A trove of literary riches, rarely seen, arrives in Washington from England
Five hundred years ago, Corpus Christi College was established at the University of Oxford in England, emerging in the Renaissance era to become one of the first colleges there dedicated to humanist ideals while specializing in the classics in three languages.
Its rare manuscripts and early printed books are closed to the public — even in Oxford. But to mark the college’s quincentenary, a traveling exhibition of 53 rare items dating as far back as the 10th century is making two stops in the United States — first in Washington, at the Folger Shakespeare Library.
“500 Years of Treasures From Oxford” concentrates on rare items from the first 100 years of the college, which was founded by Richard Fox, an adviser to King Henry VII and Henry VIII.
Here are some numbers related to the show:
The year Corpus Christi College at Oxford was founded by Richard Fox, bishop of Durham in 1494 and Winchester in 1501, who began by donating books to its library.
Number of major languages initially studied in the multilingual library: Latin, Greek, Hebrew.
Number of centuries spanned by objects in the exhibition, which originates from the 10th through 17th centuries.
Number of sections into which the exhibition is divided, covering its trilingual library; books in Latin, Greek and Hebrew; later English acquisitions; scriptures; and science.
Number of artifacts in show, none of which have been seen in the United States.
Estimated age of the oldest manuscript on display, a Greek commentary on the Psalms by St. Basil the Great of Caesarea.
Number of the college founder’s silver-gilt episcopal objects in the exhibition. Normally, they are kept on display at the Ashmolean Museum in Oxford.
Number of locks guarding the foundation charter for the college: three on a 500-year-old chest, which is on display; three more on a larger chest in which that was kept; and three more on the door of the tower room in which it was stored.
Teams of translators that worked on creating the King James Bible at Corpus Christi College after John Rainolds, then the college’s president, convinced King James in 1604 that a new translation was needed.
Sets of records that still exist of the deliberations of the King James revising committee; one is part of the exhibition.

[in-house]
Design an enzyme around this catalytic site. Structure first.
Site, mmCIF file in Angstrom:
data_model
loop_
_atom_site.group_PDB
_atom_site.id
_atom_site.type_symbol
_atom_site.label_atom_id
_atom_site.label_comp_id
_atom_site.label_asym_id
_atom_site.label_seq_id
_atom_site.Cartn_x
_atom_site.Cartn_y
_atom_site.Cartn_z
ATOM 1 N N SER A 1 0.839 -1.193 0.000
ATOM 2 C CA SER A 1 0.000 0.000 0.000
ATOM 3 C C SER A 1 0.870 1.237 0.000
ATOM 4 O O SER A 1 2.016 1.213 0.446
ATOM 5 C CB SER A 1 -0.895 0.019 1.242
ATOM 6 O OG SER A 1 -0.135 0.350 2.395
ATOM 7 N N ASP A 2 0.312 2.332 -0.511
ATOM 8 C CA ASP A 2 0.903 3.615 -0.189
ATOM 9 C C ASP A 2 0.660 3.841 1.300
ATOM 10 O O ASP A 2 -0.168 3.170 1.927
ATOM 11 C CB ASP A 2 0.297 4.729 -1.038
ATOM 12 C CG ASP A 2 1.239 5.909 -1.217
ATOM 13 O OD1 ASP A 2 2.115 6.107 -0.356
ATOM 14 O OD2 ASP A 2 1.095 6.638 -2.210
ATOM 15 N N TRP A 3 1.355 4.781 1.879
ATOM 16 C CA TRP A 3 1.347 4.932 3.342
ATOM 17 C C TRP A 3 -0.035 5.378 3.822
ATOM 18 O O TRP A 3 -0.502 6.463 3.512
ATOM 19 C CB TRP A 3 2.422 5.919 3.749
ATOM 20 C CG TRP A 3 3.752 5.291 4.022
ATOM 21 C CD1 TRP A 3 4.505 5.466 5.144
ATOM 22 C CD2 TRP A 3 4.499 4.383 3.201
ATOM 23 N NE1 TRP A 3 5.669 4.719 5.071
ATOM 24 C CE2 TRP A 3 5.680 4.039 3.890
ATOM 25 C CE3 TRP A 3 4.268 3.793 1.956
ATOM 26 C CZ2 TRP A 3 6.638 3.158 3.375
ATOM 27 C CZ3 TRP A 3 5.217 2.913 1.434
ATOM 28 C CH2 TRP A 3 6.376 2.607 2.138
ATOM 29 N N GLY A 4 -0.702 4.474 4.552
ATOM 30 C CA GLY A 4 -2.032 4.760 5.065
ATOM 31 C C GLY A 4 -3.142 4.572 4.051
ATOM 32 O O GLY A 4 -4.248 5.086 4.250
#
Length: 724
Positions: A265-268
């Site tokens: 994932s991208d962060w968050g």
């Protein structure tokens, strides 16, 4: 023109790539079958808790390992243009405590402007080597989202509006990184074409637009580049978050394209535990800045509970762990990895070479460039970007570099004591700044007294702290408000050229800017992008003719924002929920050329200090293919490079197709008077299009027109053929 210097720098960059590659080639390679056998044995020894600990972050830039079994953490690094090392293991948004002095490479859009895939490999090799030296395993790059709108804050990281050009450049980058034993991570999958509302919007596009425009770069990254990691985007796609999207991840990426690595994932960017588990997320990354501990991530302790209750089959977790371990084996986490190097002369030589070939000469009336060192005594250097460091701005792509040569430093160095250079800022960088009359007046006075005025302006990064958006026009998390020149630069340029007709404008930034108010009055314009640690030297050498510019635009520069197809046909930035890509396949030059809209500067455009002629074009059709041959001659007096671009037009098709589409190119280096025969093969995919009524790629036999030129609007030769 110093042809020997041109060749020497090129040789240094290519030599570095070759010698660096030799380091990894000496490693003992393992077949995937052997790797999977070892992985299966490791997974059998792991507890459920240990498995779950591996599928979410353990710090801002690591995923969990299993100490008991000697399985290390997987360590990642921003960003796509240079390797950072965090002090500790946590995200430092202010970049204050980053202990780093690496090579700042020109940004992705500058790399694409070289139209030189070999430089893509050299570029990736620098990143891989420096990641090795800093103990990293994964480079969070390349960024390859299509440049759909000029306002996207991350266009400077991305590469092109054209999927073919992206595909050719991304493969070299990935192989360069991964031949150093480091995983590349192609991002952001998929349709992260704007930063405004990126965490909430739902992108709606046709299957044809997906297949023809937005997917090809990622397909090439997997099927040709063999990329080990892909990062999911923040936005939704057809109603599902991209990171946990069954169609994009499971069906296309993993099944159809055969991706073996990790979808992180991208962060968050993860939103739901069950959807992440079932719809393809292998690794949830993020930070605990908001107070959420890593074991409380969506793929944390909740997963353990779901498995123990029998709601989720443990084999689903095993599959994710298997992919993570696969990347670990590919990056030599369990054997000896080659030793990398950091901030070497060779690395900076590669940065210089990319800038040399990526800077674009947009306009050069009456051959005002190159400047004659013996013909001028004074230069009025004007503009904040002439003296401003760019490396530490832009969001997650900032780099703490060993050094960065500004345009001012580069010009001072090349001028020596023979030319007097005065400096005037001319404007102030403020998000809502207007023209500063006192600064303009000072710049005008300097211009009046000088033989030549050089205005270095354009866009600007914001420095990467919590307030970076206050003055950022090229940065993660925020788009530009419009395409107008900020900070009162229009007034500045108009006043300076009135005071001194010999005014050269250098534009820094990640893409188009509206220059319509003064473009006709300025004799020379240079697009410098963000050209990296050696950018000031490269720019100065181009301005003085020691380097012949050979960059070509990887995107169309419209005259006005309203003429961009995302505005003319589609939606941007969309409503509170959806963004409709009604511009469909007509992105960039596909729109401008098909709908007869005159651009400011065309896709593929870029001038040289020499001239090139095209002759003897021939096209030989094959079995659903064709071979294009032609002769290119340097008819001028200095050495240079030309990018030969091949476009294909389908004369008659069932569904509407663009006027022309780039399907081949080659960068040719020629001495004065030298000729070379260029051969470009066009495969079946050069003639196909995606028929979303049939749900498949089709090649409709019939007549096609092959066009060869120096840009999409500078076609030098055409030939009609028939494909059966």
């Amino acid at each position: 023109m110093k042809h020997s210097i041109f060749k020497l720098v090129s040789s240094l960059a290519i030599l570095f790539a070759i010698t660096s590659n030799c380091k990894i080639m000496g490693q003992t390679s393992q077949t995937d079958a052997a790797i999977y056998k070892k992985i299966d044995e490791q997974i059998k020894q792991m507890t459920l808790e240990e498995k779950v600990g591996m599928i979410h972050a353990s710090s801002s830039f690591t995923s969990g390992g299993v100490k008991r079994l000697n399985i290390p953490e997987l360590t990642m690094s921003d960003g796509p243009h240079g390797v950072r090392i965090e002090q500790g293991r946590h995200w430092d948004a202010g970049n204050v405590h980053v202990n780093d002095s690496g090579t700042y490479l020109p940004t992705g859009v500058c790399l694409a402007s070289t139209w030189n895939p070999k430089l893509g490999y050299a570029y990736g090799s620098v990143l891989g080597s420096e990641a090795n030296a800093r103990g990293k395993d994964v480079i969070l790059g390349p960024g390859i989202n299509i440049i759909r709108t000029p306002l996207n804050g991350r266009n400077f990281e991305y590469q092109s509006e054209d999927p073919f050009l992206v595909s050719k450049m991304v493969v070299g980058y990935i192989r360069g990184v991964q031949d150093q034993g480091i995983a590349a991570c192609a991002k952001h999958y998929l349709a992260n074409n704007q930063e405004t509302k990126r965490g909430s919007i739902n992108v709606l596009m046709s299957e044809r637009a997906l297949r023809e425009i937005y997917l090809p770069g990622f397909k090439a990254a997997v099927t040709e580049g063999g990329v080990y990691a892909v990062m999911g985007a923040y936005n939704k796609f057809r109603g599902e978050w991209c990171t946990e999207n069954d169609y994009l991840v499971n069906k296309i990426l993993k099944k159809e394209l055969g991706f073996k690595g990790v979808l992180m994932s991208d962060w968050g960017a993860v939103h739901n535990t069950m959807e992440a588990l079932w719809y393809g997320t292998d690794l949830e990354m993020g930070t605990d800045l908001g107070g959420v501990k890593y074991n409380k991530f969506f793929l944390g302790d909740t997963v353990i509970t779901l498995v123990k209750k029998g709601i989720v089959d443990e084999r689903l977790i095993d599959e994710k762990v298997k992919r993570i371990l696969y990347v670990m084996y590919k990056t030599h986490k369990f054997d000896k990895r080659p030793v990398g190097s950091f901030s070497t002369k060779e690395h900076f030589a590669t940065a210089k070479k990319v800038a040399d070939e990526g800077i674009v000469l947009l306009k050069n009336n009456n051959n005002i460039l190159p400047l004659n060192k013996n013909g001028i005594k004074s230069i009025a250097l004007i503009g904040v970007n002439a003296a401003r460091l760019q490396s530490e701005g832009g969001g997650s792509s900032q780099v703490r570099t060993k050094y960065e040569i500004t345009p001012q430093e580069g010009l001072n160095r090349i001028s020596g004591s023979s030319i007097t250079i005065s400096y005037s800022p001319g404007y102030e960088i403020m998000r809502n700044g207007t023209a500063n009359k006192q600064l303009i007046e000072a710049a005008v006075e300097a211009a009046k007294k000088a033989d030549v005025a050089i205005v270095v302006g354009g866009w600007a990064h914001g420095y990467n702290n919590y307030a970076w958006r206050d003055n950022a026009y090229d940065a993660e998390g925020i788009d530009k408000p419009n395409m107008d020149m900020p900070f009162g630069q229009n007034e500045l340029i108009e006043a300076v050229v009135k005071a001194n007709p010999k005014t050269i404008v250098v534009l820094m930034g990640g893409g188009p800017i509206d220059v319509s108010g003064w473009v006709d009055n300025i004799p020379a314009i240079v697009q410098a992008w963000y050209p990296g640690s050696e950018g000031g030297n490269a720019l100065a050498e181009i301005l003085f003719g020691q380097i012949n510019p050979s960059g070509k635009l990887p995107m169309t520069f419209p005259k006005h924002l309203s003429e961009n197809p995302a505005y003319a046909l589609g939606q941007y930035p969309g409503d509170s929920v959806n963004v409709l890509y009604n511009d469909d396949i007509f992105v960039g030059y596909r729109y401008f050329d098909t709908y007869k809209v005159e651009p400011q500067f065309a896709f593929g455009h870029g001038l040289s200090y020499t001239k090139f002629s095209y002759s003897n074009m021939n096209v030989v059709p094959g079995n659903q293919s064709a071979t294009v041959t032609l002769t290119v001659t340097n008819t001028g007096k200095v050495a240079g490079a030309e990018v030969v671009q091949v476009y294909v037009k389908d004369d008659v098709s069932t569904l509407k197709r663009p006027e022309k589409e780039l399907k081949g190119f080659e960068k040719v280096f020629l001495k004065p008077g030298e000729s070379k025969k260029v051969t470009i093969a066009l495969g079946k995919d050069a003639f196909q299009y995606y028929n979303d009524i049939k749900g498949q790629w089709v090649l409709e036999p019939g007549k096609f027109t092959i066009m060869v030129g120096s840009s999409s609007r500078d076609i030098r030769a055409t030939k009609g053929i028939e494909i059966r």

Regnal number of French King Louis, who was likely the first recipient of the lavishly illustrated 16th-century Oglethorpe Bible on display, so named because it was donated to the college by James Oglethorpe, who also founded the American colony that would become the state of Georgia.
Number of stories in Chaucer’s “The Canterbury Tales.” An early 15th-century copy by a professional scribe includes instructions for future illumination.
The year one of the first depictions of America on a map came in a picture of the globe in the book “Cosmographia,” printed in Antwerp, Belgium, and included in the show.
Number of depictions of the moon in the exhibition. One was a sketch by the owner of Galileo’s 1610 book that first describes the surface from the telescope he had built two months earlier. The other is a much more detailed illustration published in a 1647 book by Johannes Hevelius.
Year that two visible comets over Europe caused Sir Isaac Newton to write to the royal astronomer in a letter included in the exhibition. It turned out to be what we now know as Halley’s comet.
The next year that Halley’s comet will be visible.
Current number of students at Corpus Christi College at Oxford — 240 undergraduates and 115 graduate students.
Number of books in the college’s 16th-century library.
Number of U.S. stops for “500 Years of Treasures From Oxford.” After the Folger, it heads to the Yeshiva University Museum at the Center for Jewish History in New York from May 14 through Aug. 6.
Cost of admission to the Folger Shakespeare Library.
500 Years of Treasures From Oxford Through April 30 at the Folger Shakespeare Library, 201 E. Capitol St. SE. Free. 202-544-4600. folger.edu.
These rare manuscripts and early printed books are closed to the public — even in Oxford.
An English missal laying out the Sarum liturgical rite, dated 1398, featured in the collection of Corpus Christi College at Oxford. Facing the full-page picture, the two small spaces in the first column of text are where references to the pope were erased during the Reformation.